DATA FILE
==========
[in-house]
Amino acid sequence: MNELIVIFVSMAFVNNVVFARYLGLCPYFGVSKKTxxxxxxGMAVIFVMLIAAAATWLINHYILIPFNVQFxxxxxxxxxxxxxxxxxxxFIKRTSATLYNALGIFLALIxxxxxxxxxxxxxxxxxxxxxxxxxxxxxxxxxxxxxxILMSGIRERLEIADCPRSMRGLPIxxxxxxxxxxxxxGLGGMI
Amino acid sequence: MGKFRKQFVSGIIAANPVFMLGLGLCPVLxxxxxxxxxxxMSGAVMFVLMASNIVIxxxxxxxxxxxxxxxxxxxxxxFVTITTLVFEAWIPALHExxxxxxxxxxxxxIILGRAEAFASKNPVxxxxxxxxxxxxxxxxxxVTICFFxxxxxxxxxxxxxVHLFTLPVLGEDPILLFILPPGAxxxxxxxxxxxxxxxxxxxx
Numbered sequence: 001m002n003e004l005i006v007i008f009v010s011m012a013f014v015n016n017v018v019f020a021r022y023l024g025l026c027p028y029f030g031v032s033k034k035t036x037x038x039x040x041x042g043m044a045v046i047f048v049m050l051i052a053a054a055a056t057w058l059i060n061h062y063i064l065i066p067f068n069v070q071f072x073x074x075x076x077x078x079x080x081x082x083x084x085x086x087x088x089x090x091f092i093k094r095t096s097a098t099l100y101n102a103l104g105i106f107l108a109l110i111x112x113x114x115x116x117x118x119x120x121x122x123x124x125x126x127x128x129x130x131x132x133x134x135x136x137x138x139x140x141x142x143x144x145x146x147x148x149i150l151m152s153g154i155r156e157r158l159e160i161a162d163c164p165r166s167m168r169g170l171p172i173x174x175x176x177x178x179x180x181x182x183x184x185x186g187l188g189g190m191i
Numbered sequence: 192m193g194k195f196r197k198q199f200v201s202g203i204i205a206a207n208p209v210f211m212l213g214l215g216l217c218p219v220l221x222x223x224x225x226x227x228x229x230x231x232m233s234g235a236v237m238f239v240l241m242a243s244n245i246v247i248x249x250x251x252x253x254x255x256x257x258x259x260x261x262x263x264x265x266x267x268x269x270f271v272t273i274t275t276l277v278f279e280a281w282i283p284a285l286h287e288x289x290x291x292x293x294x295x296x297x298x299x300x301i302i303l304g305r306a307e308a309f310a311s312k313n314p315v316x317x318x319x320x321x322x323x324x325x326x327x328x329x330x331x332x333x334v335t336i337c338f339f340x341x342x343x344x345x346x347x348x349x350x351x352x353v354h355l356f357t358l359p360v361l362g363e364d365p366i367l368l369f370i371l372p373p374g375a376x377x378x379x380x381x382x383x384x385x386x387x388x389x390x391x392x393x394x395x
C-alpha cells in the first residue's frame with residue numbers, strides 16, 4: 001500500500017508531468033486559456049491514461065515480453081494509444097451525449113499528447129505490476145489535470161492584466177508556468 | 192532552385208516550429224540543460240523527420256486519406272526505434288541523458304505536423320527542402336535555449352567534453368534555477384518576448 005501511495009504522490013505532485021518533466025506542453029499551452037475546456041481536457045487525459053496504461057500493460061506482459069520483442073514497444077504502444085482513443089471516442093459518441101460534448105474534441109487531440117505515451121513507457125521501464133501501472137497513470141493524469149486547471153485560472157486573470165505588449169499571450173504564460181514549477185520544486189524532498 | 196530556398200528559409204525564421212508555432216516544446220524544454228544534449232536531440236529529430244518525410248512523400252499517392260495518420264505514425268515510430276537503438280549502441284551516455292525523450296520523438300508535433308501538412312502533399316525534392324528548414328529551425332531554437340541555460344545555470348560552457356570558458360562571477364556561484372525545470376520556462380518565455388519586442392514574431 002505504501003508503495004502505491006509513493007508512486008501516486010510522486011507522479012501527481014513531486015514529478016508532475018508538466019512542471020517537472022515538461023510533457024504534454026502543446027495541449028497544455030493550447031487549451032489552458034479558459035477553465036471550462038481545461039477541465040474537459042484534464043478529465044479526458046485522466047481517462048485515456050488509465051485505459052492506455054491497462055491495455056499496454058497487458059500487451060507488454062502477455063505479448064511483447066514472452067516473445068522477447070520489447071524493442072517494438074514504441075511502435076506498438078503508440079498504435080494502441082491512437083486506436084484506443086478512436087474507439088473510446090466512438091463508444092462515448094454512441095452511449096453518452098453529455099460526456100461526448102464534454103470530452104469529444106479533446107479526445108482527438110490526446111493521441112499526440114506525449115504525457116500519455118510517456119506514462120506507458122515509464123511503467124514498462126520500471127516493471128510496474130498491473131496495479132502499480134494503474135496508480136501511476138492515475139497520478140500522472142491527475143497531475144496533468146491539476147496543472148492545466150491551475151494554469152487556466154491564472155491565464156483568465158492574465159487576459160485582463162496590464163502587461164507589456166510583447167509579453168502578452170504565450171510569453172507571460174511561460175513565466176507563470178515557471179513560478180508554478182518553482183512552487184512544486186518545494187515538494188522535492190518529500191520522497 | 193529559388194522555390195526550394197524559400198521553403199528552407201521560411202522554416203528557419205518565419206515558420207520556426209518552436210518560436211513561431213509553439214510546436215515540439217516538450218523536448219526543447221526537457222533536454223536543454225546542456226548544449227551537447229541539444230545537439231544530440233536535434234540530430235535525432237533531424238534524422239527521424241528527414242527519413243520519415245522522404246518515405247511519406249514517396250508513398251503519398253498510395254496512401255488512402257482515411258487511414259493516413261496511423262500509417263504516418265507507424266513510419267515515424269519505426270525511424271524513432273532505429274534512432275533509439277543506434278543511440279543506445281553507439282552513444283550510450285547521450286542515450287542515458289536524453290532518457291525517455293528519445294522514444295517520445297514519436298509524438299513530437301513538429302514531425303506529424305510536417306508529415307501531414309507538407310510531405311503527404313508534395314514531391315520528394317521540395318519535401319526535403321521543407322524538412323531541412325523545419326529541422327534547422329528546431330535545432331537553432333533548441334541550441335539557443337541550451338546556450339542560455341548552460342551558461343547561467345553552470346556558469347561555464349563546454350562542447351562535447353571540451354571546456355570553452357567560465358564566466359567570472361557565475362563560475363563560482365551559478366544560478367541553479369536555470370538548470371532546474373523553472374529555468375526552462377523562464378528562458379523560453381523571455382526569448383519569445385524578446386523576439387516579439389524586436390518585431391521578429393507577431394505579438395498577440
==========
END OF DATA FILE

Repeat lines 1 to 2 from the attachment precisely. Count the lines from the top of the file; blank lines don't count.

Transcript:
[in-house]
Amino acid sequence: MNELIVIFVSMAFVNNVVFARYLGLCPYFGVSKKTxxxxxxGMAVIFVMLIAAAATWLINHYILIPFNVQFxxxxxxxxxxxxxxxxxxxFIKRTSATLYNALGIFLALIxxxxxxxxxxxxxxxxxxxxxxxxxxxxxxxxxxxxxxILMSGIRERLEIADCPRSMRGLPIxxxxxxxxxxxxxGLGGMI